On August 5, the Fed and the Board of Directors of the FDIC announced the completion of reviews of the second round of resolution plans submitted by 11 large, complex banking organizations in 2013. Press Release.
On July 21, the FDIC clarified how it will evaluate requests by S-Corporation Banks to make dividend payments that would otherwise be prohibited under the Basel III capital conservation buffer. New Basel III capital rules include a capital conservation buffer which prohibits or limits the dividends a bank can pay when its risk-based capital ratios fall below certain thresholds. If an S-corporation bank has income but is limited from paying dividends as a result of the new rules, its shareholders may have to pay taxes on their pass-through share of the S-corporation’s income from their own resources. To avoid this problem, a bank may request approval from their primary federal regulator to make a dividend payment that would not otherwise be permitted. Absent serious safety-and-soundness concerns about the requesting bank, the FDIC generally would expect to approve such requests by well-rated S-corporation banks that are limited to the payment of dividends to cover shareholders’ taxes on their portion of an S-corporation’s earnings. Press Release. Financial Institution Letters.
On June 16, FDIC announced it is seeking comment on a notice of proposed rulemaking amending the Annual Stress Test rule. This proposed rule would shift the timing of the annual stress testing cycle by approximately 90 days and clarify that institutions covered by the rule will not have to calculate their regulatory capital ratios using the Basel III until the testing cycle beginning on January 1, 2016. The public comment period closes 60 days from publication in the Federal Register. Press Release. Proposed Rule.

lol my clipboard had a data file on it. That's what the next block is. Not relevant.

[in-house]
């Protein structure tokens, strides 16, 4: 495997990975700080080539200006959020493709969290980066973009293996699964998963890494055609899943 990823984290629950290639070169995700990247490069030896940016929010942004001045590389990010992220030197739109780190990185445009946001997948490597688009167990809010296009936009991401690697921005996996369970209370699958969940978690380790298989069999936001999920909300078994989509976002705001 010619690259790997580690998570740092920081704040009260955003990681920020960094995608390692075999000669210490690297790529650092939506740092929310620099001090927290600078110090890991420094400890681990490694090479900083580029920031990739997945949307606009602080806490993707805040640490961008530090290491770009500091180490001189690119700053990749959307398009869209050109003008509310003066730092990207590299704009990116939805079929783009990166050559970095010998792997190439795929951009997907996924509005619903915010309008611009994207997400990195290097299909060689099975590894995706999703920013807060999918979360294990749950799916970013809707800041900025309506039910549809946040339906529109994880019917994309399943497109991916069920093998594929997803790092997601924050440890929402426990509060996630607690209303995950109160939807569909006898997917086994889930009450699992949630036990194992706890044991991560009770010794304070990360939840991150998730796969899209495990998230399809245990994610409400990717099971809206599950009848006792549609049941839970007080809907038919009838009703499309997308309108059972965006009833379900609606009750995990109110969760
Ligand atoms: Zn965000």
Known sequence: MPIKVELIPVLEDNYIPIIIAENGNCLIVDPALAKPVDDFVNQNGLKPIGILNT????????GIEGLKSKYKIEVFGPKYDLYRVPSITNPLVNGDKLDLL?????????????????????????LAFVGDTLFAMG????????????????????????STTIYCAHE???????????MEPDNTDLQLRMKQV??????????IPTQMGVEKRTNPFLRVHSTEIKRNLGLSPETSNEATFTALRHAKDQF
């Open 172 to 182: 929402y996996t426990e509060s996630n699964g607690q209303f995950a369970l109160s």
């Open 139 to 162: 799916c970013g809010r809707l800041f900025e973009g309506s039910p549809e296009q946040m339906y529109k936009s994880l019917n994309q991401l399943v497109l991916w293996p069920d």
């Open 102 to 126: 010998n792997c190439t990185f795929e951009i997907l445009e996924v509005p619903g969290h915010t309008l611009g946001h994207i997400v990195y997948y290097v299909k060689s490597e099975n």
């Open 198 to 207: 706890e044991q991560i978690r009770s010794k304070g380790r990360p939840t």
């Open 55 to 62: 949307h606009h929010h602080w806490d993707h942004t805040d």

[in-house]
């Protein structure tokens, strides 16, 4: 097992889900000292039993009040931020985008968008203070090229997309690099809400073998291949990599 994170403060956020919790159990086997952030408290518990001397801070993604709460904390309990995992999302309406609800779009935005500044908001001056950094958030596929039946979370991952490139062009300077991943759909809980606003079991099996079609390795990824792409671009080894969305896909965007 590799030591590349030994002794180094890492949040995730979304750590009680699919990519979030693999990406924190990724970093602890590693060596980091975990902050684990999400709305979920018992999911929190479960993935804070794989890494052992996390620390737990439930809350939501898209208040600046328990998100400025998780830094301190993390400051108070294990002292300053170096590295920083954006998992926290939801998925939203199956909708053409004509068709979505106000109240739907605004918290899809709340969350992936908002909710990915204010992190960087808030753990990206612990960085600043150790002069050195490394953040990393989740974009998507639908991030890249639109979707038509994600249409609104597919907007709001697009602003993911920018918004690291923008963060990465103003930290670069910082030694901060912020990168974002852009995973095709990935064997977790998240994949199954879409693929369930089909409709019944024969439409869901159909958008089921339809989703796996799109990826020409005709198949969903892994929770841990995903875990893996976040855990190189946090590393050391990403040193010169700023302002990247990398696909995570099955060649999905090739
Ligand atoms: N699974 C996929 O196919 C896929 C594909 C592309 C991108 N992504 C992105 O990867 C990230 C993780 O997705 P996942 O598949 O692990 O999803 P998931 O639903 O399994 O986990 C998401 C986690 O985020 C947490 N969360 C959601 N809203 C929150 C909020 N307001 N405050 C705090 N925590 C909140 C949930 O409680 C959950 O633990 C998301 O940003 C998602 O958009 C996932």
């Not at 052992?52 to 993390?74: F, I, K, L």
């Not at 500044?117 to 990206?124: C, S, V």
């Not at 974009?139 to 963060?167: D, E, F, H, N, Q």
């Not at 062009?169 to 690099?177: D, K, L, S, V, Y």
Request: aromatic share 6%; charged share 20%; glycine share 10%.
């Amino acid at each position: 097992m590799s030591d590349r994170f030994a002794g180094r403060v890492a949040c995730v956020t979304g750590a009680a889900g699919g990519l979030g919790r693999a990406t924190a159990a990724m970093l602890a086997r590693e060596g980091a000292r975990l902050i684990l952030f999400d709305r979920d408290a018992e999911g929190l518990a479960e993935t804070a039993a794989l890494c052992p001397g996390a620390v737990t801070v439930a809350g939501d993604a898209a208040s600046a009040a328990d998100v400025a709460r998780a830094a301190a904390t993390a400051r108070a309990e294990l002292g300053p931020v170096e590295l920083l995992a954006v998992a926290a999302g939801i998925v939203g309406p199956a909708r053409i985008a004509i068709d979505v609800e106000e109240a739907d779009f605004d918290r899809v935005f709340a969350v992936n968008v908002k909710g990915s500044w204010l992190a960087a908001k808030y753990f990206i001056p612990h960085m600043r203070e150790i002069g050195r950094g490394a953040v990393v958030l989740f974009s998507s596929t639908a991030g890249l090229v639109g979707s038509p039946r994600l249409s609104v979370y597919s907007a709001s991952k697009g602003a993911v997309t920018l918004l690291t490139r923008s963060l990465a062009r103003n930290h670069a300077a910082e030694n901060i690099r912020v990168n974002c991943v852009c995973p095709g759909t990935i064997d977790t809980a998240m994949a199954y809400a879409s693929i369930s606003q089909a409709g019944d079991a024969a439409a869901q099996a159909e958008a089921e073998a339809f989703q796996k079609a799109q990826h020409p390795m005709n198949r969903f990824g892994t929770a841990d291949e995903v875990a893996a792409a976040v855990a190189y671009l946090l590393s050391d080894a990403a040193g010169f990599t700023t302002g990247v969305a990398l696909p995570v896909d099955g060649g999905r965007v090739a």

On June 4, the Fed, FDIC and OCC published the first of several requests for comments to identify outdated, unnecessary or unduly burdensome regulations imposed on insured depository institutions.
The Economic Growth and Regulatory Paperwork Reduction Act of 1996 (EGRPRA) requires the federal banking regulators to review regulations issued by the agencies at least every 10 years. It also requires the regulators to break down the regulations by category, present each category for comment and identify areas of regulations that are outdated, unnecessary or unduly burdensome.
On March 5, the Fed, the FDIC, and the OCC issued final guidance which describes supervisory expectations for stress tests to be conducted by financial companies with between $10 and $50 billion in total assets. The guidance confirms that these companies are not subject to the Fed’s capital plan rule, the Fed’s annual Comprehensive Capital Analysis and Review, Dodd-Frank Act supervisory stress tests, or related data collections, which apply to bank holding companies with assets of at least $50 billion. Joint Release. Final Supervisory Guidance.
On January 14, the Fed, CFTC, FDIC, OCC and SEC issued an interim final rule which will permit banking entities to retain interests in certain collateralized debt obligations backed primarily by trust preferred securities (TruPS CDOs) if the following conditions are met: (i) the TruPS CDO was established and the interest was issued before May 19, 2010; (ii) the banking entity reasonably believes that the offering proceeds received by the TruPS CDO were invested primarily in Qualifying TruPS Collateral (as defined by the rule); and (iii) the banking entity’s interest in the TruPS CDO was acquired on or before December 10, 2013, the date the agencies issued final rules implementing section 619 of the Dodd-Frank Act (the Volcker Rule). The agencies also released a non-exclusive list of issuers which meet the requirements of the interim final rule. Comments must be submitted within 30 days of publication in the Federal Register. Joint Release. Joint Interim Final Rule. List of Excluded CDO Issuers.
On December 17, J.P. Morgan Chase Bank filed a complaint in the United States District Court for the District of Columbia against the Federal Deposit Insurance Corporation (FDIC) seeking $1 billion in indemnification for settlements made by J.P. Morgan on behalf of Washington Mutual in RMBS actions. J.P. Morgan alleges that the FDIC is contractually obligated to indemnify J.P. Morgan for certain claims against WaMu in consideration for J.P. Morgan’s purchase of WaMu out of FDIC receivership and assumption of its liabilities. J.P. Morgan seeks indemnification for settlements of twenty different RMBS cases; the complaint does not identify the amounts of the individual settlements. Complaint.